Surnamed *SSkyaputra ; Mah&vaggal, 52.

Gautami, the aunt of Gautama Buddha.

Or, to swerve from their course.

I have followed Burnouf in translating nayuta by ten thousand; this being the value of the Sanskrit term ayuta. According to the Petersburg Dictionary the Northern Buddhists attach to nayuta the value of 100,000 millions. The Pili n ah uta is said to be a vast number, one followed by twenty-eight ciphers; but in Spence Hardy's Manual of Buddhism, p. 193, its worth is put down at a myriad. Mahâsattva[15] Magusr, as prince royal 2 ; the Bodhisattvas Mahâsattvas Avalokitesvara, Mahâsthâmaprâpta, Sarvârthanâman, Nityodyukta, Anikshiptadhura, Ratnapâni, Bhaisha^yar^a, Pradinarftra, Ratna^andra, Ratnaprabha, Pftr#a>6andra, Mahdvikrdmin, Trailokavikr£min, Anantavikrimin, Mah£pratibh£na, *Satatasamit&bhiyukta, Dhara^ldhara 8 , Akshayamati, Padmasrl, Nakshatrarâga, the Bodhisattva Mah sattvaMaitreya, the Bodhisattva Mah£sattva Simha.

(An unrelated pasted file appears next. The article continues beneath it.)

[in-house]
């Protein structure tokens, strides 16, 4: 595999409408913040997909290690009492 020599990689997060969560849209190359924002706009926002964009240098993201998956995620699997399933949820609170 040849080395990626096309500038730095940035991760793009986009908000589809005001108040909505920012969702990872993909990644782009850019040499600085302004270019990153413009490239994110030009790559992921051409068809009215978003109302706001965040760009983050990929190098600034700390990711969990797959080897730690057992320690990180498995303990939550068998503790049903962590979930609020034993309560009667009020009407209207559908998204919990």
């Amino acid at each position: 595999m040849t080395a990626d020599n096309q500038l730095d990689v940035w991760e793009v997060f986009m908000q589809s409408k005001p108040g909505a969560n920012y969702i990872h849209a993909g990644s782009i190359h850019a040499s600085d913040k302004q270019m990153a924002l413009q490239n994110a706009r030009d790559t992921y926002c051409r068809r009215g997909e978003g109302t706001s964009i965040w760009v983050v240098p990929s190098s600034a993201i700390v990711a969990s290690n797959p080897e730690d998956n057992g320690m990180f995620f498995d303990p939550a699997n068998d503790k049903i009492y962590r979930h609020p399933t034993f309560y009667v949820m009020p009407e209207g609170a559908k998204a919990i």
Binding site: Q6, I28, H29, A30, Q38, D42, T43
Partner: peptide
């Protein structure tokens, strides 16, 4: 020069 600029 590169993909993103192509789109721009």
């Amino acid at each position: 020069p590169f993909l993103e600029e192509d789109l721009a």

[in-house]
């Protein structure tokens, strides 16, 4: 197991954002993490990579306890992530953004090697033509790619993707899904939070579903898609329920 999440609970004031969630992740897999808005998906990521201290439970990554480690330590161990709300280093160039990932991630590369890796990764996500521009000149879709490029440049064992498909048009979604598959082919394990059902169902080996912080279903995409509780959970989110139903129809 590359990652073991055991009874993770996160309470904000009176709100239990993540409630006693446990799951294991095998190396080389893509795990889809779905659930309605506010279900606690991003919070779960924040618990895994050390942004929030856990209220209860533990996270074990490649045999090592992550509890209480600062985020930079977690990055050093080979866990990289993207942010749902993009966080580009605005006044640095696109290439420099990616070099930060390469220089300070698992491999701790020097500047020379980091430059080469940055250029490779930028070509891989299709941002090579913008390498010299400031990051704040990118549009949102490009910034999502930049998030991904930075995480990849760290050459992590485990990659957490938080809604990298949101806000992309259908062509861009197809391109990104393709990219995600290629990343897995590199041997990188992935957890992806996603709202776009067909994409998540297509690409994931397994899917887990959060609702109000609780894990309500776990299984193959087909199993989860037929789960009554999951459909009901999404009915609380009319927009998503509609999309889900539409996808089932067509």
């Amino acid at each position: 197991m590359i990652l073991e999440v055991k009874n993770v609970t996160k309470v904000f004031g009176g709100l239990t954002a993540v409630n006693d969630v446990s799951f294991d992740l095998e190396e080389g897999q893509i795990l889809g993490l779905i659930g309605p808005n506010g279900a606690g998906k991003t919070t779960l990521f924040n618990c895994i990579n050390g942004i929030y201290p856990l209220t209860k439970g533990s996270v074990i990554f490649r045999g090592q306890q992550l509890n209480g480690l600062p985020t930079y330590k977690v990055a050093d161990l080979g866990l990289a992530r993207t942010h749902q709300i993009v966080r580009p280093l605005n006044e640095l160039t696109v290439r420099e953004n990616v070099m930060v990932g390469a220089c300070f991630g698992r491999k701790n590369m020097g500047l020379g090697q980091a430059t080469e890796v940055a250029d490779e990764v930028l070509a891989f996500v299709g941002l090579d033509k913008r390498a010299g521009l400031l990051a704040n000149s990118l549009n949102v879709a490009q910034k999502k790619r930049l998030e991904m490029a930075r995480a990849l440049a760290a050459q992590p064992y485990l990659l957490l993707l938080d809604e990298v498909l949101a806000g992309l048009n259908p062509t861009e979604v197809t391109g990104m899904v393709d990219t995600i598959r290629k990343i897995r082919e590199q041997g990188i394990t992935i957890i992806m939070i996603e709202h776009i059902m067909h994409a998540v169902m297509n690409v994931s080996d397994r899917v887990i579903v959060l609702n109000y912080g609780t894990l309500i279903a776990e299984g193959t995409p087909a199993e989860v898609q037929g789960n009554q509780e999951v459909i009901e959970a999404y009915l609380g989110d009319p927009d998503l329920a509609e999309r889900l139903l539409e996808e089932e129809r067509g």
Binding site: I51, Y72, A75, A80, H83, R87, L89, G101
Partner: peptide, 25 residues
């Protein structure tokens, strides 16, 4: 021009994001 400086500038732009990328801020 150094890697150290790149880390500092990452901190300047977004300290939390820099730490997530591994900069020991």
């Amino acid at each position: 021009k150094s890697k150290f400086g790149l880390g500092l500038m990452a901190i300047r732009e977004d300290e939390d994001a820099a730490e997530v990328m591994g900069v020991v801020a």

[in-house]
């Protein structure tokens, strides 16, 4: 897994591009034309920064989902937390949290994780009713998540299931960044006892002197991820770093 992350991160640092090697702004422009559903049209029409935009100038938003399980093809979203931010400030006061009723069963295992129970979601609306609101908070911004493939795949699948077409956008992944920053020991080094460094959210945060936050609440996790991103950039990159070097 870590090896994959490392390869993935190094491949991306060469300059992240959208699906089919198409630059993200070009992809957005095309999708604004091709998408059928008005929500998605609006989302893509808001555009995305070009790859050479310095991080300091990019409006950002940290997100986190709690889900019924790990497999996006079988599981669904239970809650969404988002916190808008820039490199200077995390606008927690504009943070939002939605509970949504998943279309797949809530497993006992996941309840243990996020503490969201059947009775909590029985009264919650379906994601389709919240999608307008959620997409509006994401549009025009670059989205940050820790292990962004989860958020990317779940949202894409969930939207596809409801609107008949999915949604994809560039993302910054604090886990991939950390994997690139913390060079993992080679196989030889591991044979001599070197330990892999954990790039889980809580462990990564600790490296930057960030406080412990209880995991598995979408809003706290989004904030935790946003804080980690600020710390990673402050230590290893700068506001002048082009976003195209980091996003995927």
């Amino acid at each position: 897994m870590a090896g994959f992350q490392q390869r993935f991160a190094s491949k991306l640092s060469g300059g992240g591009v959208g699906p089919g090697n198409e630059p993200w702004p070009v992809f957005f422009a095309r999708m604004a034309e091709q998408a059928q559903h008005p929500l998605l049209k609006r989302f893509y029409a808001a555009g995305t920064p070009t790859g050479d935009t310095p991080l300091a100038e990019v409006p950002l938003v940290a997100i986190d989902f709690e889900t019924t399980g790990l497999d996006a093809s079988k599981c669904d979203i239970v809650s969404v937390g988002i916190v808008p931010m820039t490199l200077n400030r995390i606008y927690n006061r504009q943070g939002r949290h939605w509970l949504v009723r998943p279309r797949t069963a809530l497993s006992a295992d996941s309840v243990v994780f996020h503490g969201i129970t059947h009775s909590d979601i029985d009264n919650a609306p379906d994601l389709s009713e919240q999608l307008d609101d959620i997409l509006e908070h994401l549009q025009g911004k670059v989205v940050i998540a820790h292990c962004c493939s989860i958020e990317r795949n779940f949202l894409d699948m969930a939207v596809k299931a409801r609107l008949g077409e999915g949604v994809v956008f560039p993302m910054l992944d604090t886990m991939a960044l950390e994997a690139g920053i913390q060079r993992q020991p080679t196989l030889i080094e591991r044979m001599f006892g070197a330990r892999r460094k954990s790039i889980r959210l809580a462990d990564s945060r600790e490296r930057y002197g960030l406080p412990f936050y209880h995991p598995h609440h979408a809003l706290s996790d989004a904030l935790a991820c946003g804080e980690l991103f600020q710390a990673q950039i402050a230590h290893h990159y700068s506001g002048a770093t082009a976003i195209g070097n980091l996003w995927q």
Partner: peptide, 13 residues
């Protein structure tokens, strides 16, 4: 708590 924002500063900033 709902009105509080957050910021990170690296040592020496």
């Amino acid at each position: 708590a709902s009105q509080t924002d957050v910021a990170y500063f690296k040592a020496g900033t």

With them were also the sixteen virtuous men to begin with Bhadrap&la, to wit, Bhadrapdla, Ratnâkara, Susdrthav&ha, Naradatta[16], Guhagupta, Varunadatta, Indradatta, Uttaramati, Vi^eshamati, Vardhamcinamati, Amoghadarrin, Susawsthita, Suvikr&ntavikrâmin, Anupamamati, Sftryagarbha, and Dharawldhara; besides eighty thousand Bodhisattvas, among whom the fore-mentioned were the chiefs; further .Sakra, the ruler of the celestials, with twenty thousand gods, his followers, such as the god Sandra (the Moon), the god Sftrya (the Sun), the god Samantkgandha (the Wind), the god Ratnaprabha, the god Avabhâsaprabha, and others; further, the four great rulers of the cardinal points with thirty thousand gods in their train, viz. the great ruler Virfid/fcaka, the great ruler Virpâksha, the great ruler Dhritarâshtra, and the great ruler Vai^rava^a; the god tavara and the god Mahejvara[17], each followed by thirty thousand gods; further,

Or, 'still a youth,' kumârabhuta.